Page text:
A hydrochemical study of CO2-rich groundwaters in the Kangwon district, South Korea, was conducted to elucidate the behavior of rare earth elements (REE) as a result of mixing of CO2-rich waters. The REE fractionation during the formation of carbonate precipitates was also investigated. The CO2-rich waters can be classified into three chemical types (Na-HCO3, Ca-Na-HCO3, and Ca-HCO3) with characteristic isotope compositions. Chemical and isotope data indicate that the Na-HCO3 waters were influenced by a deep CO2 supply at depth, while other waters were formed by mixing between Na-HCO3 water and less-saline, shallow groundwater. Concentrations of total dissolved REE (ΣREE) in CO2-rich waters varied according to the water types and were highest in the Na-HCO3 waters (up to 3456 ng/L). Their ΣREE concentrations showed excellent correlations with parameters such as TDS, pH, alkalinity, δ18O, and tritium, indicating progressive mixing with shallow groundwater. The distribution of dissolved REE concentration showed different patterns dependent upon water type. The Na-HCO3 waters displayed an "S-shape" pattern with strong heavy REE (HREE) enrichment. In contrast, the Ca-Na-HCO3 water was characterized by a slight HREE enrichment, while the Ca-HCO3 water exhibited a relatively flat scattered, low REE (LREE) enrichment pattern. The REE patterns of the precipitates formed from the original waters and of the residual waters after removal of the precipitates were similar to those of the original CO2-rich waters, indicating that no REE fractionation occurred between precipitates and residual waters.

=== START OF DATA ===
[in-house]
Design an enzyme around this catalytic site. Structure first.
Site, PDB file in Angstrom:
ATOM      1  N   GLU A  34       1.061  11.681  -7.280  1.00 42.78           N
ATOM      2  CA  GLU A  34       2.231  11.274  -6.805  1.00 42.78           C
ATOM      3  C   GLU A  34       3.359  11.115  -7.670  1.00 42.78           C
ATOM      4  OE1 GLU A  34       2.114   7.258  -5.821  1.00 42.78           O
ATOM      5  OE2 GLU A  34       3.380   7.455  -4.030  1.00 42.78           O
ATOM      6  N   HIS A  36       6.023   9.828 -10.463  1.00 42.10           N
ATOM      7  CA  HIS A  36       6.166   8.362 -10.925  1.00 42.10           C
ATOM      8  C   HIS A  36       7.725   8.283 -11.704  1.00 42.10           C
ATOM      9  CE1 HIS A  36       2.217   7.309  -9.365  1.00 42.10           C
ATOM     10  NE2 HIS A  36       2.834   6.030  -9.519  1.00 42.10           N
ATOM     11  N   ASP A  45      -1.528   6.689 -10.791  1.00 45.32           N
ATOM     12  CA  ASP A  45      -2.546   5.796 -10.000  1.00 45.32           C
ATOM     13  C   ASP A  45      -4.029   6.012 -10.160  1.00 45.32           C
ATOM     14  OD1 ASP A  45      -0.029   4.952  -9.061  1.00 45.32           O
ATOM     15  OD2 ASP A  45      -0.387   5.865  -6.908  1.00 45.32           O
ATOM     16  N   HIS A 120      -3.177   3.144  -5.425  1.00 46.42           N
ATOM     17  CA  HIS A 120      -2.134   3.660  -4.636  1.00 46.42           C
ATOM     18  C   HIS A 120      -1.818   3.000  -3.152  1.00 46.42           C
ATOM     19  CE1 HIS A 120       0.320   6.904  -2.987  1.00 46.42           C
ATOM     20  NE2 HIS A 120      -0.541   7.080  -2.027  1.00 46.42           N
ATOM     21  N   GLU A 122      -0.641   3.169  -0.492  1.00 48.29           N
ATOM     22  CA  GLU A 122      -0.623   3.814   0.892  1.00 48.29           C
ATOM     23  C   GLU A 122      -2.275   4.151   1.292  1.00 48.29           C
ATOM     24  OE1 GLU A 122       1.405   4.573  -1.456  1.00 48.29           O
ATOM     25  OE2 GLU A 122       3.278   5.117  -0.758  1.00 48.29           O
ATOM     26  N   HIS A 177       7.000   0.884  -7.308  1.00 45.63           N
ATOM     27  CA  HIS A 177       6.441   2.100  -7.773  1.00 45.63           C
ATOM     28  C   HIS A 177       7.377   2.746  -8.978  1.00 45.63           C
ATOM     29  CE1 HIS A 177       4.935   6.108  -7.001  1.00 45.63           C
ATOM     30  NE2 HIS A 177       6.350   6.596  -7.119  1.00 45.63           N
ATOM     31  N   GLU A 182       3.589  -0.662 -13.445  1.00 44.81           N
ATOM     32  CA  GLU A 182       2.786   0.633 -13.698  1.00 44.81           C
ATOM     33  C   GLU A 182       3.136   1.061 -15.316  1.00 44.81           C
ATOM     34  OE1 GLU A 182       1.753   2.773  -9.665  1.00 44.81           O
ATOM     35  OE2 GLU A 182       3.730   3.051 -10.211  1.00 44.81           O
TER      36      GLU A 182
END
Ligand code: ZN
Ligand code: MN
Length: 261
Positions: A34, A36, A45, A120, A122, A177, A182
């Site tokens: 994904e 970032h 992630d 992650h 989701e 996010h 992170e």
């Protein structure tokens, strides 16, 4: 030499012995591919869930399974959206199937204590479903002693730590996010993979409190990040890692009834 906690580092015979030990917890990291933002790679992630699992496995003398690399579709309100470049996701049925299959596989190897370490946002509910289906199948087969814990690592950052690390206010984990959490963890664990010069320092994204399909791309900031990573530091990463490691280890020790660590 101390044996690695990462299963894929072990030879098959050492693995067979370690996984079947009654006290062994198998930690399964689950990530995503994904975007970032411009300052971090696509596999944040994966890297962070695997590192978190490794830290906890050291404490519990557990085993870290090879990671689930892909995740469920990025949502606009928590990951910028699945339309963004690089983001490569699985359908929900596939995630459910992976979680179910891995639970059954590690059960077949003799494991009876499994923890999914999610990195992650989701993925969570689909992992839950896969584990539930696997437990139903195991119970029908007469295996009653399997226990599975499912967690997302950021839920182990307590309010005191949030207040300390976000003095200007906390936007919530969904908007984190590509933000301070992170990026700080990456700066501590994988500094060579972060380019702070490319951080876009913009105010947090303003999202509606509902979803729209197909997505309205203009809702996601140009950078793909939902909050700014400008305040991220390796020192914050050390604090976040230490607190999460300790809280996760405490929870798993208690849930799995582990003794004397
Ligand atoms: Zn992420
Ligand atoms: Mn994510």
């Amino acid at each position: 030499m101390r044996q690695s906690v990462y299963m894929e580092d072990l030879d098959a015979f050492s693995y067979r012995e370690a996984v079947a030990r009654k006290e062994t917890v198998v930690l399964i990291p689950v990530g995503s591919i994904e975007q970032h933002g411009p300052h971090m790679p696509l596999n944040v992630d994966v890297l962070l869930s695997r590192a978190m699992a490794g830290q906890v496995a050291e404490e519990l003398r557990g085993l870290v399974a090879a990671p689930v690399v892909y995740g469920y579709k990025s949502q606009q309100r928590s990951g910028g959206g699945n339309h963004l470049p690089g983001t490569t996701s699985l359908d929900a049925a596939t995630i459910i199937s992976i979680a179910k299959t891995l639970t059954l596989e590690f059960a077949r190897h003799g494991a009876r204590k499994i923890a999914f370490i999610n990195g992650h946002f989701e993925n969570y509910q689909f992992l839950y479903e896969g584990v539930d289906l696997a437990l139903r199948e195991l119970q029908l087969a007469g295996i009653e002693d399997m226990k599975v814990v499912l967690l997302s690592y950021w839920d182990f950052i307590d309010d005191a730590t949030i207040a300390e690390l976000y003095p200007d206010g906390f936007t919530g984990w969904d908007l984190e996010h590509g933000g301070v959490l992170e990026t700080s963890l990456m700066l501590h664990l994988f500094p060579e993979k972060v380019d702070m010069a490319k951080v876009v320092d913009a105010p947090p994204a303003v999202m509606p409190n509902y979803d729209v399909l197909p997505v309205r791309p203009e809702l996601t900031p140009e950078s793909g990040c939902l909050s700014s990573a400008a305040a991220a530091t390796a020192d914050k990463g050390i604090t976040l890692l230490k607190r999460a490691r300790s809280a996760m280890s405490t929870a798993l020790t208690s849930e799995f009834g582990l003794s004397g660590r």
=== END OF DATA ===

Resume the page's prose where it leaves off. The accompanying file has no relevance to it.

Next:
Bibliographical noteFunding Information:
This work was finalized by the support from the Environmental Geosphere Research Lab (EGRL) of Korea University. Partial support was also available from the 2008 Korea University Special Research Fund to S.T. Yun. Many constructive and thoughtful comments and suggestions by Dr. I. Cartwright and Dr. D. Rickard significantly improved the final version of this manuscript.
- Carbonate precipitates
- Groundwater mixing
- Kangwon district
- Rare earth elements
ASJC Scopus subject areas
- Geochemistry and Petrology